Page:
“She comes to life when she gets to direct everything that’s going on and has full attention on whatever she wants to play. She has flourished with kindergarten and is always excited about her day at school and can’t wait to go back.”

Sarah

 

Parent Education Answer:

 

It sounds like you are interested in teaching your daughter some emotional management. The reason she is saying, “You can’t come to my birthday party” or “I’m not going to be your friend anymore” is because she is experiencing an emotion she doesn’t know how to deal with. 

 

Your daughter sounds like a natural born leader. She comes to life when she is in charge and is very vocal and communicative. These are excellent qualities we don’t want to squash. We do however, want her to have friends while she climbs her way to the top so the trick is to teach her some emotional management techniques. 

When other kids aren’t obeying her, I imagine she gets frustrated, annoyed and disappointed. Can any Supermoms relate to this? It’s a pretty typical reaction. Our kids or husband won’t pick up after themselves, we feel frustrated and powerless, so we snap, yell or manipulate them into doing what we want. Hurt people will hurt people. Annoyed people say annoying things. Disappointed people, disappoint others.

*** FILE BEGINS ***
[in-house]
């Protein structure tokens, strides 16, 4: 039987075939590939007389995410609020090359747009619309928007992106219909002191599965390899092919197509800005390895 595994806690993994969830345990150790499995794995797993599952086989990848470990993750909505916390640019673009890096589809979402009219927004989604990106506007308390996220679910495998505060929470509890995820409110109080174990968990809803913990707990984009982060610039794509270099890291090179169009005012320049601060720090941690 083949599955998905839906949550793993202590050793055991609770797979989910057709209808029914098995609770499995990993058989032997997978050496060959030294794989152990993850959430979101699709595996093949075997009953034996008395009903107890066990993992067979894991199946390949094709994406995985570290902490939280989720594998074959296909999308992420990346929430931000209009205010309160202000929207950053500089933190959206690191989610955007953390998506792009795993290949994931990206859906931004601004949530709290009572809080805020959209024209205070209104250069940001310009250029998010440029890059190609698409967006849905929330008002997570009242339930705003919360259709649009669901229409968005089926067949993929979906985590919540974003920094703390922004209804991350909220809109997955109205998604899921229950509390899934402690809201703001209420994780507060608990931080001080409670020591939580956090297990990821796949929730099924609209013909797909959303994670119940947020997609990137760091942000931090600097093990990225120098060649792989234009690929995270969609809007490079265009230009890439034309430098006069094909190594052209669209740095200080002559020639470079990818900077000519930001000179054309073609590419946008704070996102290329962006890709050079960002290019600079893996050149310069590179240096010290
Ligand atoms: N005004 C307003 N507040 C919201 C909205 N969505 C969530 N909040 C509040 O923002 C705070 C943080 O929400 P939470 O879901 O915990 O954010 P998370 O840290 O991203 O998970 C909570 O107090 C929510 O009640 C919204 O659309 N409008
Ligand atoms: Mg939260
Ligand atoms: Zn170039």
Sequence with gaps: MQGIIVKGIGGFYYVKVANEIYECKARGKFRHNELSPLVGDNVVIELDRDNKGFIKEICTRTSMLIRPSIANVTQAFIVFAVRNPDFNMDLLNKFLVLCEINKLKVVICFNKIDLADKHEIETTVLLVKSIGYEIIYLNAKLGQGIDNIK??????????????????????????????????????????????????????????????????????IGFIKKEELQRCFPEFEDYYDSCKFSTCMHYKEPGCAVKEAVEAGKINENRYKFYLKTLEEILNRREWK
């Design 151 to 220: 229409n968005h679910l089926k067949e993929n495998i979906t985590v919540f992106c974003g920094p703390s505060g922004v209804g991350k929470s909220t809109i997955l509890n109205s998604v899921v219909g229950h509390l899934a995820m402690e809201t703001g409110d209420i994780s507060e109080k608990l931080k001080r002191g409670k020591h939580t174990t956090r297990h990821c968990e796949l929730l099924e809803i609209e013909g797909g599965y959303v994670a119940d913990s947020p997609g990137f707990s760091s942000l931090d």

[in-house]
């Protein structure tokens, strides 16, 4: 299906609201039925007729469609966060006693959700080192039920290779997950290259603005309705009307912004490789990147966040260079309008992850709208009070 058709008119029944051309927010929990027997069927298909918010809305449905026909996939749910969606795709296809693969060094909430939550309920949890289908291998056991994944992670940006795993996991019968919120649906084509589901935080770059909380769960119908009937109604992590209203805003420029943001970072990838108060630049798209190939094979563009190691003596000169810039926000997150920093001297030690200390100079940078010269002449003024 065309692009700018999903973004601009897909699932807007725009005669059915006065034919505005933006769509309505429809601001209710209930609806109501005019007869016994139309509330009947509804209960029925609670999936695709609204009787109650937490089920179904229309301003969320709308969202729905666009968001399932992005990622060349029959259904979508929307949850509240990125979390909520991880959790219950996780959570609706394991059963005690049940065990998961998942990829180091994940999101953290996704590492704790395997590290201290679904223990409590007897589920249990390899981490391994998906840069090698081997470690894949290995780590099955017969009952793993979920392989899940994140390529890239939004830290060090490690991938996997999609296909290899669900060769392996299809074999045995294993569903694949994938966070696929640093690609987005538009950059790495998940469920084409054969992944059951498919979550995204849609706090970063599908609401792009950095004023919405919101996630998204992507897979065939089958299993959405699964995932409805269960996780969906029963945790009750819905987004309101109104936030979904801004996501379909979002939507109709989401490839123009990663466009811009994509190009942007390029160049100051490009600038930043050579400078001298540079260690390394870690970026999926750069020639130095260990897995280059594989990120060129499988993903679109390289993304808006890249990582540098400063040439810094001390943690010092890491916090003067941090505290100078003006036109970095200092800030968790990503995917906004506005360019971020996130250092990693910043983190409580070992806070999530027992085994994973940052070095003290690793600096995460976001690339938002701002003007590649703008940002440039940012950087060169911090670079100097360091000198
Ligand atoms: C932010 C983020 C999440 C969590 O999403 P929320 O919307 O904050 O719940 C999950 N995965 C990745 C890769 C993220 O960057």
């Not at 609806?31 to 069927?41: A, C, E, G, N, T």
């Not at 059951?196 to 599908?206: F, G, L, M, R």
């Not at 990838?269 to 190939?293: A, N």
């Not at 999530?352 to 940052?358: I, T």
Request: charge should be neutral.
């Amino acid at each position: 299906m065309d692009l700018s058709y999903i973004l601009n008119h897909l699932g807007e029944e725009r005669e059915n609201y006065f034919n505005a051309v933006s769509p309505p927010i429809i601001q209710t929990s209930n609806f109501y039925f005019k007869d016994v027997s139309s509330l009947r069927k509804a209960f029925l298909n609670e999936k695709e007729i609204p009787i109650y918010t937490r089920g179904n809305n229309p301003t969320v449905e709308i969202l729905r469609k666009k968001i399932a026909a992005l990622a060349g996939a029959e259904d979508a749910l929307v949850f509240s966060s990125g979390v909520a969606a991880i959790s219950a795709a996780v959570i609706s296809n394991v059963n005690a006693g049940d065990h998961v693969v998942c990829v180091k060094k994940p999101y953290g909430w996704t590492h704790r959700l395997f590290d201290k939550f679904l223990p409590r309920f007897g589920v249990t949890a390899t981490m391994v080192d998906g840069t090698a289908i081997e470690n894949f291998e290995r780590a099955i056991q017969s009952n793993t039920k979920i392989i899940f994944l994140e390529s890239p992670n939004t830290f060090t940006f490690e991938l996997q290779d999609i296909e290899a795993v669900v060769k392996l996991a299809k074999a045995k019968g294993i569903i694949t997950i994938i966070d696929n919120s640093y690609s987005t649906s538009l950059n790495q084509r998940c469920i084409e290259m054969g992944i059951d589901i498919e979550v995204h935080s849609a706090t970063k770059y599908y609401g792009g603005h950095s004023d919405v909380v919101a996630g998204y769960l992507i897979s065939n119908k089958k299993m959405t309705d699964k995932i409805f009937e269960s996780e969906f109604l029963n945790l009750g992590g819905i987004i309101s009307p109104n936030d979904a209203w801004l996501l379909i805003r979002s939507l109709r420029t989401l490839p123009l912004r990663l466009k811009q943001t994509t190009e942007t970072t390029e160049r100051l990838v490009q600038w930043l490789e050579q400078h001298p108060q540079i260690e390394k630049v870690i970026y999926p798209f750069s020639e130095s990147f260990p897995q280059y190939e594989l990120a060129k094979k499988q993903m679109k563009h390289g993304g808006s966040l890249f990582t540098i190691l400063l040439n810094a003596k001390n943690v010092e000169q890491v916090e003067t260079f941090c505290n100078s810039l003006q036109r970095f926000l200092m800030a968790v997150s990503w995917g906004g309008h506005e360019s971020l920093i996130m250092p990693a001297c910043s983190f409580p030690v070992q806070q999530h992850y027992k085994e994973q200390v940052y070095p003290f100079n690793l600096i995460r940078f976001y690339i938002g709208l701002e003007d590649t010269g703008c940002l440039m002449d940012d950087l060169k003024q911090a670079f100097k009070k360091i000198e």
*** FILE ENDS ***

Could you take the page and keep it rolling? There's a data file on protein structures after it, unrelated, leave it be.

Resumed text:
There are a few ways you can help your daughter deal with her feelings of frustration, disappointment, or powerlessness.

  1. Talk about your own feelings. An emotion is one word, a thought is a sentence in your mind. Start describing your emotions with the phrase, “I feel _______.” (sad, mad, happy, scared). Put a poster on the wall with different emojis and work together to expand her emotional vocabulary. Make sure you model using vulnerable emotions like “I feel disappointed” or “I feel embarrassed”. Notice what your daughter is feeling and say out loud, “You feel excited” or “You feel defeated”. 
  2. Role play with her. Use her dolls or lego people to work out common disagreements. Show how sad the doll is when she hears she won’t be invited to her birthday party.  Make a rule that they aren’t allowed to say “You can’t be my friend anymore”. Instead, teach them to say, “I’m feeling frustrated” or “I’m sad and need a break”. Model how to take deep breaths, apologize and forgive.
  3. Teach the girls how to have a conflict. It is not only normal, but important for kids to learn how to have conflict. Playing with other kids is the perfect opportunity to teach them how to compromise when you don’t get your way. When it gets heated, point out what you are seeing and hearing: “It sounds like Sophia wants to play with the kitchen, and you want her to play dress up. I’m sure you will figure out a compromise.” Or “It sounds like Julia would like to play by herself for a while.”